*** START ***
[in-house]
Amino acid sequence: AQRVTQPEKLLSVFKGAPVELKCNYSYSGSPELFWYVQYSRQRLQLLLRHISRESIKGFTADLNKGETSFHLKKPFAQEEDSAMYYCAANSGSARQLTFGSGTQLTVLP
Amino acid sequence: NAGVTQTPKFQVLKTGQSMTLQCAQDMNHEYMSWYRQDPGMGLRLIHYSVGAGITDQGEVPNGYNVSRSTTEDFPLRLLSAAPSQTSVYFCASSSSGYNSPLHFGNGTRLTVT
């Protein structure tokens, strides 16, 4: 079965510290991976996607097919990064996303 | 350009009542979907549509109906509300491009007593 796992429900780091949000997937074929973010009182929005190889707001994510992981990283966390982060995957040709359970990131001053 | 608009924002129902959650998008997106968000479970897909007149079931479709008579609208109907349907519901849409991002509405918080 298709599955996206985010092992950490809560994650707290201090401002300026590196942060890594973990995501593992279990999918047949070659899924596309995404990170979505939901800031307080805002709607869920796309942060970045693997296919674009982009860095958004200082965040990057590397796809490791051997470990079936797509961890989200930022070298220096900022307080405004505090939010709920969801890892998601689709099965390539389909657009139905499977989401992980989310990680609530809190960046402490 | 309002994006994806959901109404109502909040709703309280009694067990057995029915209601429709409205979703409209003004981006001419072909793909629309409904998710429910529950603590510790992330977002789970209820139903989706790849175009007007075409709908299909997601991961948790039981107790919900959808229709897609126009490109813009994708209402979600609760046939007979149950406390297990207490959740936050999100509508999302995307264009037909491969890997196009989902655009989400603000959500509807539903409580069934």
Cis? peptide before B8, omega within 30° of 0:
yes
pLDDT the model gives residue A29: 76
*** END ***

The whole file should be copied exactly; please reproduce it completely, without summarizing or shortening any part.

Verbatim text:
[in-house]
Amino acid sequence: AQRVTQPEKLLSVFKGAPVELKCNYSYSGSPELFWYVQYSRQRLQLLLRHISRESIKGFTADLNKGETSFHLKKPFAQEEDSAMYYCAANSGSARQLTFGSGTQLTVLP
Amino acid sequence: NAGVTQTPKFQVLKTGQSMTLQCAQDMNHEYMSWYRQDPGMGLRLIHYSVGAGITDQGEVPNGYNVSRSTTEDFPLRLLSAAPSQTSVYFCASSSSGYNSPLHFGNGTRLTVT
């Protein structure tokens, strides 16, 4: 079965510290991976996607097919990064996303 | 350009009542979907549509109906509300491009007593 796992429900780091949000997937074929973010009182929005190889707001994510992981990283966390982060995957040709359970990131001053 | 608009924002129902959650998008997106968000479970897909007149079931479709008579609208109907349907519901849409991002509405918080 298709599955996206985010092992950490809560994650707290201090401002300026590196942060890594973990995501593992279990999918047949070659899924596309995404990170979505939901800031307080805002709607869920796309942060970045693997296919674009982009860095958004200082965040990057590397796809490791051997470990079936797509961890989200930022070298220096900022307080405004505090939010709920969801890892998601689709099965390539389909657009139905499977989401992980989310990680609530809190960046402490 | 309002994006994806959901109404109502909040709703309280009694067990057995029915209601429709409205979703409209003004981006001419072909793909629309409904998710429910529950603590510790992330977002789970209820139903989706790849175009007007075409709908299909997601991961948790039981107790919900959808229709897609126009490109813009994708209402979600609760046939007979149950406390297990207490959740936050999100509508999302995307264009037909491969890997196009989902655009989400603000959500509807539903409580069934």
Cis? peptide before B8, omega within 30° of 0:
yes
pLDDT the model gives residue A29: 76